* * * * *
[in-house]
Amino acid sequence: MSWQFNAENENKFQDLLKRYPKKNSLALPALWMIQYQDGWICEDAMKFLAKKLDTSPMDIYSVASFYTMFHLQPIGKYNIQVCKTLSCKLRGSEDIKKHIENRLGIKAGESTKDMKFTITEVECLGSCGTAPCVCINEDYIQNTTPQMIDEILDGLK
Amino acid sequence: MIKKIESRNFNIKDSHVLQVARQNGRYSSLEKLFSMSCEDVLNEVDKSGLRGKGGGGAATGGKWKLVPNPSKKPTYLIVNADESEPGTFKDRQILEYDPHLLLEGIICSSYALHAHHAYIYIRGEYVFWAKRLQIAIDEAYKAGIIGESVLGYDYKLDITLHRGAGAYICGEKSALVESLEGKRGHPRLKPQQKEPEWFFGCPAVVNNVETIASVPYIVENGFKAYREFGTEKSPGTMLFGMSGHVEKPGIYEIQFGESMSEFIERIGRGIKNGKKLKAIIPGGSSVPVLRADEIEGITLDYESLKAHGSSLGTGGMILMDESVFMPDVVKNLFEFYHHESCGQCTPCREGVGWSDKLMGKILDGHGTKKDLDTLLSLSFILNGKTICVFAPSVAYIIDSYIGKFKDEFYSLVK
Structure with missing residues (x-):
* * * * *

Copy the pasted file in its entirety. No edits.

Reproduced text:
[in-house]
Amino acid sequence: MSWQFNAENENKFQDLLKRYPKKNSLALPALWMIQYQDGWICEDAMKFLAKKLDTSPMDIYSVASFYTMFHLQPIGKYNIQVCKTLSCKLRGSEDIKKHIENRLGIKAGESTKDMKFTITEVECLGSCGTAPCVCINEDYIQNTTPQMIDEILDGLK
Amino acid sequence: MIKKIESRNFNIKDSHVLQVARQNGRYSSLEKLFSMSCEDVLNEVDKSGLRGKGGGGAATGGKWKLVPNPSKKPTYLIVNADESEPGTFKDRQILEYDPHLLLEGIICSSYALHAHHAYIYIRGEYVFWAKRLQIAIDEAYKAGIIGESVLGYDYKLDITLHRGAGAYICGEKSALVESLEGKRGHPRLKPQQKEPEWFFGCPAVVNNVETIASVPYIVENGFKAYREFGTEKSPGTMLFGMSGHVEKPGIYEIQFGESMSEFIERIGRGIKNGKKLKAIIPGGSSVPVLRADEIEGITLDYESLKAHGSSLGTGGMILMDESVFMPDVVKNLFEFYHHESCGQCTPCREGVGWSDKLMGKILDGHGTKKDLDTLLSLSFILNGKTICVFAPSVAYIIDSYIGKFKDEFYSLVK
Structure with missing residues (x-):